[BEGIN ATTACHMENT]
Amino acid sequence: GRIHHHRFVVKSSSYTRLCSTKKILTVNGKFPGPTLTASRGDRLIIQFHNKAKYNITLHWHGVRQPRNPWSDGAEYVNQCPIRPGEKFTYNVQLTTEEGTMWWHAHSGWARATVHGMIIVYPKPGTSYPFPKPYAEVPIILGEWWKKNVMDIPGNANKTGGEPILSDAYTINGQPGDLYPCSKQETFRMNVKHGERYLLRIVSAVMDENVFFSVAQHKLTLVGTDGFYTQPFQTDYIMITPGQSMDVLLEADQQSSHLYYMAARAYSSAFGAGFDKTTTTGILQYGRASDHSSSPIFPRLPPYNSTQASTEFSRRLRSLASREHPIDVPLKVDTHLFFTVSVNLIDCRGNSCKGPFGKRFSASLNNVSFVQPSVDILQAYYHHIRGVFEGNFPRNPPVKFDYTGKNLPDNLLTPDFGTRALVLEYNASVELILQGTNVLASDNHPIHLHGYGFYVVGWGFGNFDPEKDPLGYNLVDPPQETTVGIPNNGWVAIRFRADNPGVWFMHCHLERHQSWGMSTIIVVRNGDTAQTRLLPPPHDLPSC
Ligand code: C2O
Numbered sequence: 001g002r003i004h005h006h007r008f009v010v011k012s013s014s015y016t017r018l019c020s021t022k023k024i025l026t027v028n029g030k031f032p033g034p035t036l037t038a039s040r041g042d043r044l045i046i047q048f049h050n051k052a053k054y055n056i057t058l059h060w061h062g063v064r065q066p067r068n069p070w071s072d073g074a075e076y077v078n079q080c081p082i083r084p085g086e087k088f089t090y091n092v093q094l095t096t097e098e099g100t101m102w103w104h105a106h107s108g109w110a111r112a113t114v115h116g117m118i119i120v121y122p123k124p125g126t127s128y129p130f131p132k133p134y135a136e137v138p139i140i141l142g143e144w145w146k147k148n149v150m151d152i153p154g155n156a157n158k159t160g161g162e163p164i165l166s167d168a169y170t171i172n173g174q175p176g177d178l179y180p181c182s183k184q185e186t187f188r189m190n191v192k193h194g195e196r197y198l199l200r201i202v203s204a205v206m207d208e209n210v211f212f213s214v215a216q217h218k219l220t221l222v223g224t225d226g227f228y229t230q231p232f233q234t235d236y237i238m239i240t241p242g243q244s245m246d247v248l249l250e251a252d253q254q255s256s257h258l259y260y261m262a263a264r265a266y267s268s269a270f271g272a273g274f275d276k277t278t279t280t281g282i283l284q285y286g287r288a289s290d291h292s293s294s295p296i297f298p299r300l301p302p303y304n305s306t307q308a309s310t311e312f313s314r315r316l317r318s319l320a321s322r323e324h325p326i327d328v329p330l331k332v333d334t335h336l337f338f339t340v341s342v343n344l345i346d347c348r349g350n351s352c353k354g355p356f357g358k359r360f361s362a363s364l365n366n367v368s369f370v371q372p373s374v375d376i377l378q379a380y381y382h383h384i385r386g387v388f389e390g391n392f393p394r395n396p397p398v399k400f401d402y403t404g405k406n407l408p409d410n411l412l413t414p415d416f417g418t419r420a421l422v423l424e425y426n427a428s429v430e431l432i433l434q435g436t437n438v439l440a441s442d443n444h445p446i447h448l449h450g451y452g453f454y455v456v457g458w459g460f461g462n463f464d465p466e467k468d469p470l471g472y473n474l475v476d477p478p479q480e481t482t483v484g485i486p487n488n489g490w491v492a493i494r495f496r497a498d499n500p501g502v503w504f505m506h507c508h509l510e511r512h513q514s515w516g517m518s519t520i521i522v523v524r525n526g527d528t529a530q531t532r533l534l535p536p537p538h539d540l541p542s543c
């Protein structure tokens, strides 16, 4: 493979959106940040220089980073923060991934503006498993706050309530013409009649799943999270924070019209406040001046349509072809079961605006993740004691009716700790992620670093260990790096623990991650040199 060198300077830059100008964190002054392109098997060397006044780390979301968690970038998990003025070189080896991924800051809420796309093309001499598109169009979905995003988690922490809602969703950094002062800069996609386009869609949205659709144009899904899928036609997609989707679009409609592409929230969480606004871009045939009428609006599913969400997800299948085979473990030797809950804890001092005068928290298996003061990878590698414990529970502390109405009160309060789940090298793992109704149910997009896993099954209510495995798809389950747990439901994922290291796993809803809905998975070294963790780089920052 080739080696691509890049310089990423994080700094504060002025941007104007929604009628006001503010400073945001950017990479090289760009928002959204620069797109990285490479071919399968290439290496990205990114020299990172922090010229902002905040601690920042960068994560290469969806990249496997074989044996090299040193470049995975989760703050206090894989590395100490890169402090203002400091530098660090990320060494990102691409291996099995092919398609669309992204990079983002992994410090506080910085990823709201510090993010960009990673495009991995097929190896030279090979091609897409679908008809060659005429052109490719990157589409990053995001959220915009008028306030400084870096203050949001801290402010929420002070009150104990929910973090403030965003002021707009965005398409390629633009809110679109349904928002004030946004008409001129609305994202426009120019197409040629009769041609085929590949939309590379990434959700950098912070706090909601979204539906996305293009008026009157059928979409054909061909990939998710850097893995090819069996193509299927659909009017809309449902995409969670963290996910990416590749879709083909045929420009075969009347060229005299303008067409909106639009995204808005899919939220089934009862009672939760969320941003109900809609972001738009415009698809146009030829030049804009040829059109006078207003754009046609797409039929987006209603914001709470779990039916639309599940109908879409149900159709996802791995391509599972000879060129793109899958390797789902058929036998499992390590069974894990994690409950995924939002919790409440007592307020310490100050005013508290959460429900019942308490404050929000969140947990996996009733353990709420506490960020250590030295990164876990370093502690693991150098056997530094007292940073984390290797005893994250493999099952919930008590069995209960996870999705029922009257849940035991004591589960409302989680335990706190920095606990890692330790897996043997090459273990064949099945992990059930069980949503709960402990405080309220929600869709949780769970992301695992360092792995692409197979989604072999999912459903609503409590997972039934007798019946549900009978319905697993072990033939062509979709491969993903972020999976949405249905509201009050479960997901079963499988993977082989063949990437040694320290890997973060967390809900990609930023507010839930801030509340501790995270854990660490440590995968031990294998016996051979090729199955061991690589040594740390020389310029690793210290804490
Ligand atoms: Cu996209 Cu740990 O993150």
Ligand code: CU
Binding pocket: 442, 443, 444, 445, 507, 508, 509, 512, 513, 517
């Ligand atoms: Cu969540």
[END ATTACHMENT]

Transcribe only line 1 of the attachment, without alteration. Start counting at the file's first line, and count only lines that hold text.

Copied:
Amino acid sequence: GRIHHHRFVVKSSSYTRLCSTKKILTVNGKFPGPTLTASRGDRLIIQFHNKAKYNITLHWHGVRQPRNPWSDGAEYVNQCPIRPGEKFTYNVQLTTEEGTMWWHAHSGWARATVHGMIIVYPKPGTSYPFPKPYAEVPIILGEWWKKNVMDIPGNANKTGGEPILSDAYTINGQPGDLYPCSKQETFRMNVKHGERYLLRIVSAVMDENVFFSVAQHKLTLVGTDGFYTQPFQTDYIMITPGQSMDVLLEADQQSSHLYYMAARAYSSAFGAGFDKTTTTGILQYGRASDHSSSPIFPRLPPYNSTQASTEFSRRLRSLASREHPIDVPLKVDTHLFFTVSVNLIDCRGNSCKGPFGKRFSASLNNVSFVQPSVDILQAYYHHIRGVFEGNFPRNPPVKFDYTGKNLPDNLLTPDFGTRALVLEYNASVELILQGTNVLASDNHPIHLHGYGFYVVGWGFGNFDPEKDPLGYNLVDPPQETTVGIPNNGWVAIRFRADNPGVWFMHCHLERHQSWGMSTIIVVRNGDTAQTRLLPPPHDLPSC